Sleeprider
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INFORMATION ON APNEA BOARD FORUMS OR ON APNEABOARD.COM SHOULD NOT BE CONSIDERED AS MEDICAL ADVICE. ALWAYS SEEK THE ADVICE OF A PHYSICIAN BEFORE SEEKING TREATMENT FOR MEDICAL CONDITIONS, INCLUDING SLEEP APNEA. INFORMATION POSTED ON THE APNEA BOARD WEB SITE AND FORUMS ARE PERSONAL OPINION ONLY AND NOT NECESSARILY A STATEMENT OF FACT.
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#5
RE: Newbie. Surgery/CPAP questions
WMuch appreciated reply. 

From what I can gather online. TORS for OSA has been around since 2013. Gradually moving around the world. Seen articles in from institutes in Texas, Italy, India

To be frank. It’s quite a lousy situation to be in. 
Malaysia insurance doesn’t cover sleep apnea disorders so everything from sleep testing to CPAP will be out of pocket. 

The fear is I won’t have full medical support for the machine and whether it’ll work for me in the first place. Changing mask, CPAP, BiPAP etc 
The TORS surgery is covered under tonsils surgery. So in light of this. I’ve been trying to verify if TORS is a safe option or just an ENT’s agenda. 

Searching the forums. There’s two post before me that has brought up the surgery as an option but no actual participants within the forum.
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#6
RE: Newbie. Surgery/CPAP questions
Try this, Find someone with a ResMed AutoSet or a Phillips Respironics auto CPAP and borrow it for a night, run it wide open, pressure 4-20 and post the results for that night. We will be able to tell if you have serious sleep apnea. What we cannot tell is if you do not have sleep apnea. The best we can do there is say that you are well treated at minimum pressures.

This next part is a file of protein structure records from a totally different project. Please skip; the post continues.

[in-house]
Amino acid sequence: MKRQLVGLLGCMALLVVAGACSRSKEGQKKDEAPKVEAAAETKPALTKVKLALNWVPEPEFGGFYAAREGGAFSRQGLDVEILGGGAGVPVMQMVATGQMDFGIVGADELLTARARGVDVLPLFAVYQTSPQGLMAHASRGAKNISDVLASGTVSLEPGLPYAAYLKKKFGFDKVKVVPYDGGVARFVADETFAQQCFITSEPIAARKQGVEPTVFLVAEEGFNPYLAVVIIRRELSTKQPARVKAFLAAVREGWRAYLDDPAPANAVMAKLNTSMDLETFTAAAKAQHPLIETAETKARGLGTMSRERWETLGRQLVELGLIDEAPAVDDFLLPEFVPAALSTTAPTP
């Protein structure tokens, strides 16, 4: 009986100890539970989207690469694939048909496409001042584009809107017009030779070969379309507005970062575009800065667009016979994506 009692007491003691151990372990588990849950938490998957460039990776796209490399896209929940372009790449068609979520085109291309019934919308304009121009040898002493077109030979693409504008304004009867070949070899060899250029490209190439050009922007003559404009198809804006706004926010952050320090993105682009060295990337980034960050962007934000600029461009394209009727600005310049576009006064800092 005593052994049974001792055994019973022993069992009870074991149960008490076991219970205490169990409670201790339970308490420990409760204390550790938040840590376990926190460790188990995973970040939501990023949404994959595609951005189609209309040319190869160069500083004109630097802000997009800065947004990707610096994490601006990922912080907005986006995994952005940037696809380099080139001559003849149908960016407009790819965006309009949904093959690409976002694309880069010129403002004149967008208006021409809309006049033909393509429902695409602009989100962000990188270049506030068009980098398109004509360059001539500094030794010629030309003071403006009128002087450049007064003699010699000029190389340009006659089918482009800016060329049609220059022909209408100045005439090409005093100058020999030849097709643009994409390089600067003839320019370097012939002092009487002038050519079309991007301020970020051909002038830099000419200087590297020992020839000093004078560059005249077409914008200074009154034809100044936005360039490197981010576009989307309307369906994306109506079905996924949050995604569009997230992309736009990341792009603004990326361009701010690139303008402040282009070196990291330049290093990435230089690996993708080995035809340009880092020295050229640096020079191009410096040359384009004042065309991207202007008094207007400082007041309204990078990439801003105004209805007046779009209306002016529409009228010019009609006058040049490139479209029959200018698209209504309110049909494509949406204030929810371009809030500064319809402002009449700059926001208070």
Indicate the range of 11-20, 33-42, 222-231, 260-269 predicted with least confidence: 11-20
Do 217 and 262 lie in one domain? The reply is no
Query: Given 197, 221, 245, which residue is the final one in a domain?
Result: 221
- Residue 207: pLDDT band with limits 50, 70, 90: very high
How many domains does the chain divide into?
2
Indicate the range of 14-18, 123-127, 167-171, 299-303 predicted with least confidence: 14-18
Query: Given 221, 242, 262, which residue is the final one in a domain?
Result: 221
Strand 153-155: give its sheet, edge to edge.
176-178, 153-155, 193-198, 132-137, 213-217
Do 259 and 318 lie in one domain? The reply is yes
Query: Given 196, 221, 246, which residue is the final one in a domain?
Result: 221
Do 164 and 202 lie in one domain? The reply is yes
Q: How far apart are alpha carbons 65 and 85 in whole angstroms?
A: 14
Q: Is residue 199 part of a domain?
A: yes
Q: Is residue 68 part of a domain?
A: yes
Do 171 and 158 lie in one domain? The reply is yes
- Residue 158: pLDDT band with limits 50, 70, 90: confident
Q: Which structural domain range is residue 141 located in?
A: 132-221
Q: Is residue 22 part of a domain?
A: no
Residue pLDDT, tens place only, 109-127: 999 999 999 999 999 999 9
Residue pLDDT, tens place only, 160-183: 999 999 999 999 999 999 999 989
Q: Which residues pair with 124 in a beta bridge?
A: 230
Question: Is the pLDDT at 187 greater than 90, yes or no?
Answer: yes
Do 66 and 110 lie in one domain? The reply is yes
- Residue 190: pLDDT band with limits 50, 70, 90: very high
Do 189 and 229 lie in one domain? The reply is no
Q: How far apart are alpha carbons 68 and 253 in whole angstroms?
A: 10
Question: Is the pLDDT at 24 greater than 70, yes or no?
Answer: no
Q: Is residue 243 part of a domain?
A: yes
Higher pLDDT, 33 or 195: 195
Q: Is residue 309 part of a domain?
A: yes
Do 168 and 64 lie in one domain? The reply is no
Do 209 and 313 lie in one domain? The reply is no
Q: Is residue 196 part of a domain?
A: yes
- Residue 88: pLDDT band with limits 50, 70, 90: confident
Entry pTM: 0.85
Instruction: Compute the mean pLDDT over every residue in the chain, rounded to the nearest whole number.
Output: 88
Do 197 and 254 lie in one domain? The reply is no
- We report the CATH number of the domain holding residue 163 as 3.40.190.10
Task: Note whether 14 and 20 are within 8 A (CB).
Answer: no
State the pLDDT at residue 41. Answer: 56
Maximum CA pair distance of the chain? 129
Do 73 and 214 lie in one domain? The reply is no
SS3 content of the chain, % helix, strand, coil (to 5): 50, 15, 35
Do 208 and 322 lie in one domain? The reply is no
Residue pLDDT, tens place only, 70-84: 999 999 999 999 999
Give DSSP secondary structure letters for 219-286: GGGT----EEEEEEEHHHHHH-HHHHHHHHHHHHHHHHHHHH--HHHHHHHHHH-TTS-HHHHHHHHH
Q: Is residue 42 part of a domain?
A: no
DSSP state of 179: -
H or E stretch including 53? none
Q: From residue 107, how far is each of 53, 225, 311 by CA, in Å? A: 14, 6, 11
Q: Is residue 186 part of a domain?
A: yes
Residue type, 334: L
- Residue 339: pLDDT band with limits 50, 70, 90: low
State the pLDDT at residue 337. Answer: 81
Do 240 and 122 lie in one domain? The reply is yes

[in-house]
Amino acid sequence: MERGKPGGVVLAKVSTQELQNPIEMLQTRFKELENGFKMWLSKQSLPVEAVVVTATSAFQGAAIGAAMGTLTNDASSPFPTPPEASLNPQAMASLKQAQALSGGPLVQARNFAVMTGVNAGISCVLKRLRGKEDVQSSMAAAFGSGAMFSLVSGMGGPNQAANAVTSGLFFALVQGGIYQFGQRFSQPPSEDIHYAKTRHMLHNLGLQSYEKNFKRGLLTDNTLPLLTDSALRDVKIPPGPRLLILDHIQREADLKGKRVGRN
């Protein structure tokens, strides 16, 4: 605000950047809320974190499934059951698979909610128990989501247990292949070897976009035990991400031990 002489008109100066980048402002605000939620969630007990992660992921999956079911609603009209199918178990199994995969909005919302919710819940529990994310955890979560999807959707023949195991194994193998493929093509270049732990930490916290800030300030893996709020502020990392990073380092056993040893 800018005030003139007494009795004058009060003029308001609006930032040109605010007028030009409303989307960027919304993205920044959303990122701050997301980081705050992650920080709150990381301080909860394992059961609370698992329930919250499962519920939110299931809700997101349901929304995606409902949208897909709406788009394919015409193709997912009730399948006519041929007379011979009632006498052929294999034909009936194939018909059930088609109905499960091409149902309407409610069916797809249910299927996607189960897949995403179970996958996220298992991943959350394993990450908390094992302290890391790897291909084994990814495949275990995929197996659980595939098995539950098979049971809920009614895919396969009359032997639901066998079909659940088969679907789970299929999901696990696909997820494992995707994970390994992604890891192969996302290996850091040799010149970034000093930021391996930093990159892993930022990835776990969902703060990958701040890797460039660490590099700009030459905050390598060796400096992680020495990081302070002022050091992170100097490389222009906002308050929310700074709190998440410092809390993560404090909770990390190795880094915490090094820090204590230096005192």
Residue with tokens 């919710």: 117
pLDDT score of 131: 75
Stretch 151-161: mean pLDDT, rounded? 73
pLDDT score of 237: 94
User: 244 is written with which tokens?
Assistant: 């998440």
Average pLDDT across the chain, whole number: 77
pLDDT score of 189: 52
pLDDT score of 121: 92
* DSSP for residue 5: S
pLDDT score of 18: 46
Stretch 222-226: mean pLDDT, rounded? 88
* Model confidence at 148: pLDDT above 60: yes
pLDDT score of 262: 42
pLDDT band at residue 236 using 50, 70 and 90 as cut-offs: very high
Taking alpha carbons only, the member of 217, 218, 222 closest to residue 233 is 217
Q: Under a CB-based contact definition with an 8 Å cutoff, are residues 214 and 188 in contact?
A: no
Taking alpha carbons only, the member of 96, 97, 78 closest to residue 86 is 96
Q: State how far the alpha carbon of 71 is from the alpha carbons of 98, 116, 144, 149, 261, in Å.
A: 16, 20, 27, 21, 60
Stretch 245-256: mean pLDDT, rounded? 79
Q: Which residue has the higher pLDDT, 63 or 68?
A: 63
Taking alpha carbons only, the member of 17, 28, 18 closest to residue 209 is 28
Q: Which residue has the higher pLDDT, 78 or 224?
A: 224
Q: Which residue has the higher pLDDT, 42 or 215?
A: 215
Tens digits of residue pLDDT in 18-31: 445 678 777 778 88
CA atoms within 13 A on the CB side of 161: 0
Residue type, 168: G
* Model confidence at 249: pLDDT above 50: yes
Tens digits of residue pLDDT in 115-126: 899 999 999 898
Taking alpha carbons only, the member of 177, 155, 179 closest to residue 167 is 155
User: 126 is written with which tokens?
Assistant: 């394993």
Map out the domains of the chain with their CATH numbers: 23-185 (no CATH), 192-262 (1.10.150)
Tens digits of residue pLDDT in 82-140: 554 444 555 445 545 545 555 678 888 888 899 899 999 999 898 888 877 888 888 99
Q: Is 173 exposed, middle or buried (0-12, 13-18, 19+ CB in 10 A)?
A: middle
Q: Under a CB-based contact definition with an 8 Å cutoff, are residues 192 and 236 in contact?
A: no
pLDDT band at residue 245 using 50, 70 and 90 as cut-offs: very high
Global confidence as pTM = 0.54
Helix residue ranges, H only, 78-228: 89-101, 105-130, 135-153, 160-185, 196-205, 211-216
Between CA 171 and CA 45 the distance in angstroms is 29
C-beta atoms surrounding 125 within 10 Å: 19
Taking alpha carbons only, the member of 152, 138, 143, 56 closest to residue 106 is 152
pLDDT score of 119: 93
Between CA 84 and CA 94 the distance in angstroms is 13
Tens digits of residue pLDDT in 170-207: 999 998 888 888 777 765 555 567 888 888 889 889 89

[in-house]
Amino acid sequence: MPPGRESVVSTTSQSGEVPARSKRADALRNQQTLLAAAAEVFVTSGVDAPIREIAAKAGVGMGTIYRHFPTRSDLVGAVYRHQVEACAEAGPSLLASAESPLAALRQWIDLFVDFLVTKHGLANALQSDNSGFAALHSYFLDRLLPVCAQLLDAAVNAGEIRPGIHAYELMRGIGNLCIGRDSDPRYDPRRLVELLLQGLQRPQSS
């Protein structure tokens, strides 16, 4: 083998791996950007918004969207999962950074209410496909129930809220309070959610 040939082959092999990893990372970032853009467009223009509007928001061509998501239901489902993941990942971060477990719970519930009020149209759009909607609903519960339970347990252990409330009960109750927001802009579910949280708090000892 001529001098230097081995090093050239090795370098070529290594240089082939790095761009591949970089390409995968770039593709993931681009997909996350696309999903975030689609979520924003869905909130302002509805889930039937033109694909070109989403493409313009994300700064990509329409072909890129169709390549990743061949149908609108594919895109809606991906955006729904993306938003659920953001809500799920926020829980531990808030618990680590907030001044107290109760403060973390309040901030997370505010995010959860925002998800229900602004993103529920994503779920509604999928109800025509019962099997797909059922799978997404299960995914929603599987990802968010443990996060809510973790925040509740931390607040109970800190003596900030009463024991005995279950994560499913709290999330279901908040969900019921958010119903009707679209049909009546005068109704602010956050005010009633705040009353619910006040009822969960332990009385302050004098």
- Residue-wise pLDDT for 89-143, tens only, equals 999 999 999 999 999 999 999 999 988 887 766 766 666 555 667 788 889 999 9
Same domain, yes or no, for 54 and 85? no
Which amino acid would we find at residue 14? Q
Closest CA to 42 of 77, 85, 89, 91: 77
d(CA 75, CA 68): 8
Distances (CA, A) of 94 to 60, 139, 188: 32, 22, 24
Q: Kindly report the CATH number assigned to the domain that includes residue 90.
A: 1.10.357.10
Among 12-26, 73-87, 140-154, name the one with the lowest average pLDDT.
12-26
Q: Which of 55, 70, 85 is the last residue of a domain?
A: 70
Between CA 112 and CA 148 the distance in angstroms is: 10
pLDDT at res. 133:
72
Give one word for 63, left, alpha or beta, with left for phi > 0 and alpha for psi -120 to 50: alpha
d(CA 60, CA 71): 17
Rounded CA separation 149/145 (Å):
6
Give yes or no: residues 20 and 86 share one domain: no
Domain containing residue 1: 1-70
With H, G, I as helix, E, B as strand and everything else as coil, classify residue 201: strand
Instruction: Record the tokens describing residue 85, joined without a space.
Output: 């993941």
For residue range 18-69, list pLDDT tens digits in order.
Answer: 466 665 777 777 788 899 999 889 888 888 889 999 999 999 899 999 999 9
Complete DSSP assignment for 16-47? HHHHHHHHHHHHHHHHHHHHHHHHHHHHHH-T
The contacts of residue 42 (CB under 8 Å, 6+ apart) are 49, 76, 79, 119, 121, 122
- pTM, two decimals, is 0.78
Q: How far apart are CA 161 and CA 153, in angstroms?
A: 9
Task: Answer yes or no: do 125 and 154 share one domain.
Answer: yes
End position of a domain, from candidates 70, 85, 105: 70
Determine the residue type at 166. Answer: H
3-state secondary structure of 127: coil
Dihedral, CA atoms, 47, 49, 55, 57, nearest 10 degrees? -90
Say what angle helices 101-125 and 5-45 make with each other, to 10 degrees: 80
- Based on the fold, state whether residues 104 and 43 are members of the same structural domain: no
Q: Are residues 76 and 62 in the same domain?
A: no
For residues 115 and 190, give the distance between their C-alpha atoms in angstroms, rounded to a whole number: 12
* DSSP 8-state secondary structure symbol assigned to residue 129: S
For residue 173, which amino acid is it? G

The weak spot for finding Apnea is very mild apnea, otherwise we often say it is similar to a sleep test every night.
Fred Bonjour - Project Manager and Lead Tester for OSCAR - Open Source CPAP Analysis Reporter 
OSCAR

Download OSCAR
New to Apnea? Helpful tips to ensure success
Mask Primer
Dealing with a DME
Organize Charts
Attaching Charts

INFORMATION ON APNEA BOARD FORUMS OR ON APNEABOARD.COM SHOULD NOT BE CONSIDERED AS MEDICAL ADVICE. ALWAYS SEEK THE ADVICE OF A PHYSICIAN BEFORE SEEKING TREATMENT FOR MEDICAL CONDITIONS, INCLUDING SLEEP APNEA. INFORMATION POSTED ON THE APNEA BOARD WEB SITE AND FORUMS ARE PERSONAL OPINION ONLY AND NOT NECESSARILY A STATEMENT OF FACT.
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#7
RE: Newbie. Surgery/CPAP questions
We have had many members that have done conventional UPPP surgery. For a few it eliminate the need for CPAP and for others, it complicated the use of CPAP which was still needed. In no case should surgery be the first option. We can point you to U.S. vendors that will ship overseas for about $100 USD, and the cost of the equipment ends up being pretty reasonable. For example take a look at Supplier #33 and Supplier #2. Both work internationally and offer fair priced new and used equipment with warranties. I'd much rather coach you through the use of something like the Resmed Airsense 10 Autoset and a mask interface. While the surgery may be covered, you won't be able to judge its effectiveness without another sleep study, which will cost as much or more than a machine that will give you data on your therapy every night, and not have the potential complications of surgery.
Sleeprider
Apnea Board Moderator
www.ApneaBoard.com

____________________________________________
Download OSCAR Software
Optimizing Therapy
Organize your OSCAR Charts
How To Attach Images And Files to your posts
How To Deal With Equipment Supplier